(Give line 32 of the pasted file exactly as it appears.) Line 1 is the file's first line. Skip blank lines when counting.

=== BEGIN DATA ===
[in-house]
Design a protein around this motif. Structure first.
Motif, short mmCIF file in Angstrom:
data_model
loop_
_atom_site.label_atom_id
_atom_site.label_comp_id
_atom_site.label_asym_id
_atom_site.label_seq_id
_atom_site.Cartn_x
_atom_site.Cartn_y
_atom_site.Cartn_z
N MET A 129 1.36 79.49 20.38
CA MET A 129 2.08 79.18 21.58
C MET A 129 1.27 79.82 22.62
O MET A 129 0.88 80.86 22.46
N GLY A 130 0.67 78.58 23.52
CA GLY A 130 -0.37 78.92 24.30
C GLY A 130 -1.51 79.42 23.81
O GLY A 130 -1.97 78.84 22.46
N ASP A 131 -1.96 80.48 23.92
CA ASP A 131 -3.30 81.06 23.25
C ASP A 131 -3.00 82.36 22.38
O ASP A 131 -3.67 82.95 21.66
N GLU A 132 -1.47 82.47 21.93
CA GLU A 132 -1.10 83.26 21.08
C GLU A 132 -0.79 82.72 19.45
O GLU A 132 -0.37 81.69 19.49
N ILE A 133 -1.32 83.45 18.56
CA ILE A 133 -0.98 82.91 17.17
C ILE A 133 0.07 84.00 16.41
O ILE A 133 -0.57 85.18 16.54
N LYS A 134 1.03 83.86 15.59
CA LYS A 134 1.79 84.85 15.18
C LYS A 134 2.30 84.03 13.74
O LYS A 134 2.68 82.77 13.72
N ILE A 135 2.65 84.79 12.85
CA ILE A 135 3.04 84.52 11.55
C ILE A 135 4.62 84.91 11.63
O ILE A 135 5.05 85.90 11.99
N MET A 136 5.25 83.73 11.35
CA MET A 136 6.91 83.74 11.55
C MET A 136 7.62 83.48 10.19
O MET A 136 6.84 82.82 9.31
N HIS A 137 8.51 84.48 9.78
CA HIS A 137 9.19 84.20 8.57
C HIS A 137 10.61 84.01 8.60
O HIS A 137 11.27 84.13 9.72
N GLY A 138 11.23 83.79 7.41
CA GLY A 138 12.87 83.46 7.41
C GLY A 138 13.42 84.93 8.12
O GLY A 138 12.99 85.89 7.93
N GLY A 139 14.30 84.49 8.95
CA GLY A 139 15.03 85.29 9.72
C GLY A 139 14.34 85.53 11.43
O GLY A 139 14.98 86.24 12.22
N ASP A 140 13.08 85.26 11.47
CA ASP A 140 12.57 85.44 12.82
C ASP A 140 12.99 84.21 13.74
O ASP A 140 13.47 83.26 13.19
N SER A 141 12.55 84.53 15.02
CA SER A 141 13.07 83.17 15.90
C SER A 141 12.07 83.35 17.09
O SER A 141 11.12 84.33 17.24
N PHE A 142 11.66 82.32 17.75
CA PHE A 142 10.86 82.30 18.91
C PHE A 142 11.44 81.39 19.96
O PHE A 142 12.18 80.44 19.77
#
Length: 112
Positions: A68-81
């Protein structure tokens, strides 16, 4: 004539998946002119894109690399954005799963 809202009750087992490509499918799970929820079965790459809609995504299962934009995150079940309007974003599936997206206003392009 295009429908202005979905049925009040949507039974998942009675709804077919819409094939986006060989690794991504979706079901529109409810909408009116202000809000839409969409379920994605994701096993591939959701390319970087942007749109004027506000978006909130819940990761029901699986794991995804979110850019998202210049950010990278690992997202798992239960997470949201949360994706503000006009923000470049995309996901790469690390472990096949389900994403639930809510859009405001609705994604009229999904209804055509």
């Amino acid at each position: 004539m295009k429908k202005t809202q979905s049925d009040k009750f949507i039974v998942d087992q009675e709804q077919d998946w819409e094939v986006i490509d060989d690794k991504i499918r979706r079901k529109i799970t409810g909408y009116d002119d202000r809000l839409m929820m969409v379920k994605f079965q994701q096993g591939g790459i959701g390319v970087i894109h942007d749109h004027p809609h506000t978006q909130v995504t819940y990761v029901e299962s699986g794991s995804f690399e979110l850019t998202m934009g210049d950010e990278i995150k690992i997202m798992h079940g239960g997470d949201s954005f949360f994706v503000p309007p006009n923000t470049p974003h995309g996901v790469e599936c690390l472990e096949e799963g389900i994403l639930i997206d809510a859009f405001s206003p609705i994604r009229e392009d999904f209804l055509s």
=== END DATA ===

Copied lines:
O ILE A 133 -0.57 85.18 16.54